Got to page 13 today, and Evely’s That Man Is You is living up to its title’s promise of mistaken identity. After all this Christianity, he says, I don’t know God when I see him.
Evely quotes Saul of Tarsus: “Who are you, Lord?” An embarrassing question. Yet to find the Lord in such a place, at such a time, taking on such a tone, walking in such a skin, is to find also that I don’t know the Lord.
It is comedy. Jacob: Surely the Lord is in this place, and I knew it not. Jesus: Surely the Lord is in this face, and you know her not.
It is the path to humility, to resolution, to the last curtain. Eschatology is comedy: Then shall I know even as also I am known. Life is a play inside a play inside a play. But living is dying: stepping out of one playhouse and onto the dark streets of another.
Eternity unfolds in unmaskings. During the play, it makes sense of the past. (The embarrassment of dramatic irony: it was laughter I heard: everyone knew but me.) And I find myself in a role I hate; only faith, that faintest smile, assures me I’m on the right stage. New lines come as the scenes change — or do I improvise? — and I discover my true character.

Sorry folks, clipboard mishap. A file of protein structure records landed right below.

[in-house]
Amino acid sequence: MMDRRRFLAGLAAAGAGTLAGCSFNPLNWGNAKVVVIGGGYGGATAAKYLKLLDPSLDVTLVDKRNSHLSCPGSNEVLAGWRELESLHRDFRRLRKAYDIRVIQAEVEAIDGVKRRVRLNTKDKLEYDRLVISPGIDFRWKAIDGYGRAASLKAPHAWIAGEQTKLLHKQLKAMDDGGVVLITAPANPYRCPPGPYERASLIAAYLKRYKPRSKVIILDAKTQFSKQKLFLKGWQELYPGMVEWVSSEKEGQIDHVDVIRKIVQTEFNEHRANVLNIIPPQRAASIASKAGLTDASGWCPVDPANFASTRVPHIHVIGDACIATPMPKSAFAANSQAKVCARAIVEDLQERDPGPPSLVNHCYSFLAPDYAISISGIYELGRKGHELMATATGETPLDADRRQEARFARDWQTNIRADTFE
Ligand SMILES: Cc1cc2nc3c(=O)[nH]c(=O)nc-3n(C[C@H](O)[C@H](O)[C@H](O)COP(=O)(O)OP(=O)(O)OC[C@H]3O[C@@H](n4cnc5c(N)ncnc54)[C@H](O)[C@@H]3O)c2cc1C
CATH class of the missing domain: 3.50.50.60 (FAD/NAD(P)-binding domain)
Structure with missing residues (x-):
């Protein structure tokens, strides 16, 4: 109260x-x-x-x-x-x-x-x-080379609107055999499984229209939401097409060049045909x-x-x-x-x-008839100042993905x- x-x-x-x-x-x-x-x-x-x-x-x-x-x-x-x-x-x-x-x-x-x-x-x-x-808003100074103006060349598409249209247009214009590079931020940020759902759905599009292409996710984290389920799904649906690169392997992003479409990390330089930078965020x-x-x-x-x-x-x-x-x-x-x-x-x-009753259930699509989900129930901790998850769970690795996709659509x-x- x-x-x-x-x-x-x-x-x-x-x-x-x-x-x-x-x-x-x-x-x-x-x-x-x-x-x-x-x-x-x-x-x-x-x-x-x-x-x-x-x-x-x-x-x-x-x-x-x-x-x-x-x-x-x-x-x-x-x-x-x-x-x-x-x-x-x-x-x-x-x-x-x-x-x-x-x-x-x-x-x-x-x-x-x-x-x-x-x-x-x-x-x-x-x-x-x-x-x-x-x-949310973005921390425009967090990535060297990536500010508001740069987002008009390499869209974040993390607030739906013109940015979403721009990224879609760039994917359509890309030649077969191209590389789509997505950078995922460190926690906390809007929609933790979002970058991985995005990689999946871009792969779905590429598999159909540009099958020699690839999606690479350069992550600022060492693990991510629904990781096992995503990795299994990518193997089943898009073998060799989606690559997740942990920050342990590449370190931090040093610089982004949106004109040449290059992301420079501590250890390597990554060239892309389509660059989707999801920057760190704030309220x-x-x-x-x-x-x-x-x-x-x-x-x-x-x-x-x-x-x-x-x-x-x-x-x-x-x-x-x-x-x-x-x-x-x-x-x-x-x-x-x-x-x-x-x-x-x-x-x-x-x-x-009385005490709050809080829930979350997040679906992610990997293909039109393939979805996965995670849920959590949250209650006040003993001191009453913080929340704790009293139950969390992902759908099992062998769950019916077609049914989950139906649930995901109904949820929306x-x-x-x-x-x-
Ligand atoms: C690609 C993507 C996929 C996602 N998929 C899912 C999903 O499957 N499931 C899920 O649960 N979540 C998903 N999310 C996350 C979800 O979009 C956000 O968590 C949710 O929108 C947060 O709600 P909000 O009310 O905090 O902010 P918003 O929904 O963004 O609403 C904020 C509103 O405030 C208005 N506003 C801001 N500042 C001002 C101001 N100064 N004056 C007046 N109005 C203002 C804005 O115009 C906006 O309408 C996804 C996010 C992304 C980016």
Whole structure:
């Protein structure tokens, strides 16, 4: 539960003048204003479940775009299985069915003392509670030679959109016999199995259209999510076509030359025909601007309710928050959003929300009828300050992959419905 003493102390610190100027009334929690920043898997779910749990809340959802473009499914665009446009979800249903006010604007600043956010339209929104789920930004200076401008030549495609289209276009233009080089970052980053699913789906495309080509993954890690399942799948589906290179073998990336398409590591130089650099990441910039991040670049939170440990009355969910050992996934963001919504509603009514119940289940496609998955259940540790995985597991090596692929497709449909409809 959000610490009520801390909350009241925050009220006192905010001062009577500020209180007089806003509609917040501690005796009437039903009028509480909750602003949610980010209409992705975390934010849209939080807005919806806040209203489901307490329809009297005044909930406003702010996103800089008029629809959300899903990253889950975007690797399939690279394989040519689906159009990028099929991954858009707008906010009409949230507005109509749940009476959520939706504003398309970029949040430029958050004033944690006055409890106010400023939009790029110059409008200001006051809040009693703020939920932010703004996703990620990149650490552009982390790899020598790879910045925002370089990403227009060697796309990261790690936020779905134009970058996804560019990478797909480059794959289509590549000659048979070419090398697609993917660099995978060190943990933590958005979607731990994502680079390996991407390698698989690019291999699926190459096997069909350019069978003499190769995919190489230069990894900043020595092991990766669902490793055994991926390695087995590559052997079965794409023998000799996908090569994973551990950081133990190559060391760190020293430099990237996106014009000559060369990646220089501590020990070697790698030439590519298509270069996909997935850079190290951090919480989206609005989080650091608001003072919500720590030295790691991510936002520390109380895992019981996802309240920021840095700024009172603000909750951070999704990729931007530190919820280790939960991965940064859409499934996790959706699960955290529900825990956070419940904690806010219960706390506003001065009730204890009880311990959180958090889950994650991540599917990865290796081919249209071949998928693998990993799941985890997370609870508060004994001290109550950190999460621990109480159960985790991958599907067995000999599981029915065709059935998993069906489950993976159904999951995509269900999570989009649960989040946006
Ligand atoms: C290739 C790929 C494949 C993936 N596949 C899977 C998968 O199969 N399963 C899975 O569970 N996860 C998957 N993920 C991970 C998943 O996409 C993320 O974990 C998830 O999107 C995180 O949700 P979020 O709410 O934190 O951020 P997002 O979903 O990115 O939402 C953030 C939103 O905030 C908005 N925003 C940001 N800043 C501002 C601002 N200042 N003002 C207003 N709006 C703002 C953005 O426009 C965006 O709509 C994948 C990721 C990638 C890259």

I am practiced, by the play’s end, in facing my unknown, and I trust that my unmasking will continue.
Saul to Damascus is two unmaskings. Saul doesn’t recognize the Lord, and neither does Ananias:
The Lord said to him, ‘Go to Straight Street, to the house of Judas, and ask for a man from Tarsus named Saul. You will find him at prayer; he has had a vision of a man named Ananias coming in and laying hands on him to restore his sight.’ Ananias answered, ‘Lord, I have often heard about this man and all the harm he has done your people in Jerusalem. Now he is here with authority from the chief priests to arrest all who invoke your name.’ But the Lord replied, ‘You must go, for this man is . . . (Acts 9:11 – 15, REB)
For this man is . . .
It’s the age of masks, the putting down and sorting out by the simplest codes and slurs. It is a tragedy. One hopes for the end, when all will be revealed.
Image: “El sueño de Jacob” by José de Ribera